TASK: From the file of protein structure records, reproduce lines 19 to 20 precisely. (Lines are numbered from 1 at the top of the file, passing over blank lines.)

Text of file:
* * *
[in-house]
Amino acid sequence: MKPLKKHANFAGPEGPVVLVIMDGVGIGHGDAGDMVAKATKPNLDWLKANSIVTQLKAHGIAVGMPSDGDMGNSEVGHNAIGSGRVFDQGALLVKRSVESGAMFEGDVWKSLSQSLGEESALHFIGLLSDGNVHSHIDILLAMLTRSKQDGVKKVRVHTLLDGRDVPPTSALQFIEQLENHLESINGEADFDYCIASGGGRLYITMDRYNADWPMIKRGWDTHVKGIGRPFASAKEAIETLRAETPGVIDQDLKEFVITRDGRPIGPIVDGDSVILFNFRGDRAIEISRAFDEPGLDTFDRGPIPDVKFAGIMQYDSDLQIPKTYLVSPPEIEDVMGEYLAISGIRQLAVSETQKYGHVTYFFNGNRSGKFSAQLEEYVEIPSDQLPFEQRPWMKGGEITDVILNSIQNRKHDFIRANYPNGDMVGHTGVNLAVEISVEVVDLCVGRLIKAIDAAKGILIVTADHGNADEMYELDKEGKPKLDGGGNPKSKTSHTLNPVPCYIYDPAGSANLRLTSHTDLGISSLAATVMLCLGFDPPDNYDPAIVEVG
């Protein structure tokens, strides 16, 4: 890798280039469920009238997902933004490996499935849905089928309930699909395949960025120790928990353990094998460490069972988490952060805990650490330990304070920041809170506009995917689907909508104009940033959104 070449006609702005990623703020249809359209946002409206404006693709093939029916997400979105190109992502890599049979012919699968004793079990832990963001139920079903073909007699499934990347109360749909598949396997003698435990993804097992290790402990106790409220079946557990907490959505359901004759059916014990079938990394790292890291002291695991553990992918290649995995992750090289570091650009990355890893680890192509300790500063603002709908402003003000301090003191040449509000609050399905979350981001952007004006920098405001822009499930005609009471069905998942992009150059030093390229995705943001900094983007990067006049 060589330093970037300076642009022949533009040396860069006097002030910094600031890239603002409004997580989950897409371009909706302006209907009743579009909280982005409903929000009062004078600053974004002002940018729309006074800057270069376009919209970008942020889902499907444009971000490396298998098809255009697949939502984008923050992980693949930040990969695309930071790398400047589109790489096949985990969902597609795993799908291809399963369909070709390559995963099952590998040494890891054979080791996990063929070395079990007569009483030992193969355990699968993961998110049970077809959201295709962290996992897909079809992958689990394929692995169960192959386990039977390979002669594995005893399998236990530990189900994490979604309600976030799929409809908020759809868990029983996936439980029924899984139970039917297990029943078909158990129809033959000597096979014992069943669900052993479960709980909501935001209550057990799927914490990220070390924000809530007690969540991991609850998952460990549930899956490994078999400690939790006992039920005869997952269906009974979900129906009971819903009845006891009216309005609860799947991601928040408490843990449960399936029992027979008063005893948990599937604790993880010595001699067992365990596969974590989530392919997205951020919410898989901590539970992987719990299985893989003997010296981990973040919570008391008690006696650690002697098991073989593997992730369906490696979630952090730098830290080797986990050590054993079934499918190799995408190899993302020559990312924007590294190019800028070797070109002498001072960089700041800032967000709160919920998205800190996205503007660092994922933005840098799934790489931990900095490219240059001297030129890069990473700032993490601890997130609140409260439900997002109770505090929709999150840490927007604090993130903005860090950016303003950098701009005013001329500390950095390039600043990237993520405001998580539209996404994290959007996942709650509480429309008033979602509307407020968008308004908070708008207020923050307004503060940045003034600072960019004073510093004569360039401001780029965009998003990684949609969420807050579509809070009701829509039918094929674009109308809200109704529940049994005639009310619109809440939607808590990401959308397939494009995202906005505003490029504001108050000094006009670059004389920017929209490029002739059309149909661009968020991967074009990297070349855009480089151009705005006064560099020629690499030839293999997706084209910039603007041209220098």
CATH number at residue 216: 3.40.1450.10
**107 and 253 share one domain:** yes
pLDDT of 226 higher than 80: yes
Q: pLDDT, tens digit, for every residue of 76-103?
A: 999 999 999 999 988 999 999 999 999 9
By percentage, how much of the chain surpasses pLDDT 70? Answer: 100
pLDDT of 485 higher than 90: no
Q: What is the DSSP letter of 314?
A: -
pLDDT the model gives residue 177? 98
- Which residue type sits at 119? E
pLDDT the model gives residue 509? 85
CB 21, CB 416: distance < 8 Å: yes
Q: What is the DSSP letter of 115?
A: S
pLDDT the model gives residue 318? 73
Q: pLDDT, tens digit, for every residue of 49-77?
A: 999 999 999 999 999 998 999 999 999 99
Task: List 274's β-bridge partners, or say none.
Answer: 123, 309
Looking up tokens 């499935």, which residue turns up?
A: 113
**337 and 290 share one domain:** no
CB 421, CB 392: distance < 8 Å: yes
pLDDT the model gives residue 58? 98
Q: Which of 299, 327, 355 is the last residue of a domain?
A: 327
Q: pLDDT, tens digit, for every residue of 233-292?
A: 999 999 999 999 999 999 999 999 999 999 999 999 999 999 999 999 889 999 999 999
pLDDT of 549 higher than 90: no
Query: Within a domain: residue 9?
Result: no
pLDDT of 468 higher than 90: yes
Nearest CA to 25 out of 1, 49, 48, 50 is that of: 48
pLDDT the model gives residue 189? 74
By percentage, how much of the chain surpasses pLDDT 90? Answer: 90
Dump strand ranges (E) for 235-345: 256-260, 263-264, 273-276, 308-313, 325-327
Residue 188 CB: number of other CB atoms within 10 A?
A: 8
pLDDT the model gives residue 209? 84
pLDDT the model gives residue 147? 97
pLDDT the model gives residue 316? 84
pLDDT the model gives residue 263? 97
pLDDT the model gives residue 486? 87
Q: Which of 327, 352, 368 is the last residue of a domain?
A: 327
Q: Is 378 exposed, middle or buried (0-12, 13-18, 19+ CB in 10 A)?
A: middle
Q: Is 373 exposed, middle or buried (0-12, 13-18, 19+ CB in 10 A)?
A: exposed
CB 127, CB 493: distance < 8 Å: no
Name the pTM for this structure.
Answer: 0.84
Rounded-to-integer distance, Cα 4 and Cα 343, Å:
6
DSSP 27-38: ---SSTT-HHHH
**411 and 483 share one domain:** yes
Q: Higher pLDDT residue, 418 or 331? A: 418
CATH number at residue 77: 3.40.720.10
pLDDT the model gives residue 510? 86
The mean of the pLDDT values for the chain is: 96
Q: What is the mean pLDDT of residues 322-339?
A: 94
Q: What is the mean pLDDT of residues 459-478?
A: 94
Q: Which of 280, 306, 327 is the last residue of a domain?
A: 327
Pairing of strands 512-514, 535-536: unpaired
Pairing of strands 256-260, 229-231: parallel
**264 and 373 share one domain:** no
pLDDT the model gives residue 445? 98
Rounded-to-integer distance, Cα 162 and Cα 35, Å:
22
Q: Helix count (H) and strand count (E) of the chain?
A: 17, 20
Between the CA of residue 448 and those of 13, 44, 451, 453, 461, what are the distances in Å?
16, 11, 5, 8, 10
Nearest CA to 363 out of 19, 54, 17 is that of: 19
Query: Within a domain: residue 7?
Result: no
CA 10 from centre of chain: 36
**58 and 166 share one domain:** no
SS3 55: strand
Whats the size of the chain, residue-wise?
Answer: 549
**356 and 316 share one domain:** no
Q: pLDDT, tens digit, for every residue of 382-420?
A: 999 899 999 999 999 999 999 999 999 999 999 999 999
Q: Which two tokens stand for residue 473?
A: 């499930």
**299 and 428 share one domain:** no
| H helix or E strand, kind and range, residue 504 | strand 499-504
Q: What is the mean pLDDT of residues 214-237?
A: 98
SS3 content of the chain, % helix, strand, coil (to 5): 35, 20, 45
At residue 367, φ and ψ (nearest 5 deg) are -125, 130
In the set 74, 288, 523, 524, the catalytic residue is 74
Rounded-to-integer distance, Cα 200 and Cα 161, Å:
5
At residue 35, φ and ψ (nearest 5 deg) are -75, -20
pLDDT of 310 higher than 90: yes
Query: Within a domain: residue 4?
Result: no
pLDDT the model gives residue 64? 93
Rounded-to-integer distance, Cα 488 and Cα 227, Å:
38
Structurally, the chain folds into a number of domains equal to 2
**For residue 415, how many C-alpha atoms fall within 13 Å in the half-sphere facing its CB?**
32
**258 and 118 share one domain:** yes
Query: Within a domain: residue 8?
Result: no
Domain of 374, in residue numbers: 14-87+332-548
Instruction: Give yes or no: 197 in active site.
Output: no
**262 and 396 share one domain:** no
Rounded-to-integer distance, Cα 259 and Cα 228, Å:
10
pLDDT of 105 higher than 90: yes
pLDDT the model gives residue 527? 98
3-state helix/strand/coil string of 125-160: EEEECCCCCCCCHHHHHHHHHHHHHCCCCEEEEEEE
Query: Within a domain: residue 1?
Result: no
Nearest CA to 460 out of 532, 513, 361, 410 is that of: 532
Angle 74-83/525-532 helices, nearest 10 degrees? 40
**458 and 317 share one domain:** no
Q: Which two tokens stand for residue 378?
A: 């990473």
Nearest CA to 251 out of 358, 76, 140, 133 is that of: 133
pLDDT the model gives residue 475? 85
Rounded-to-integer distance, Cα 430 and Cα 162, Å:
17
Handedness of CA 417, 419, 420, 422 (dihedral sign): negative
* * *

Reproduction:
pLDDT the model gives residue 318? 73
Q: pLDDT, tens digit, for every residue of 49-77?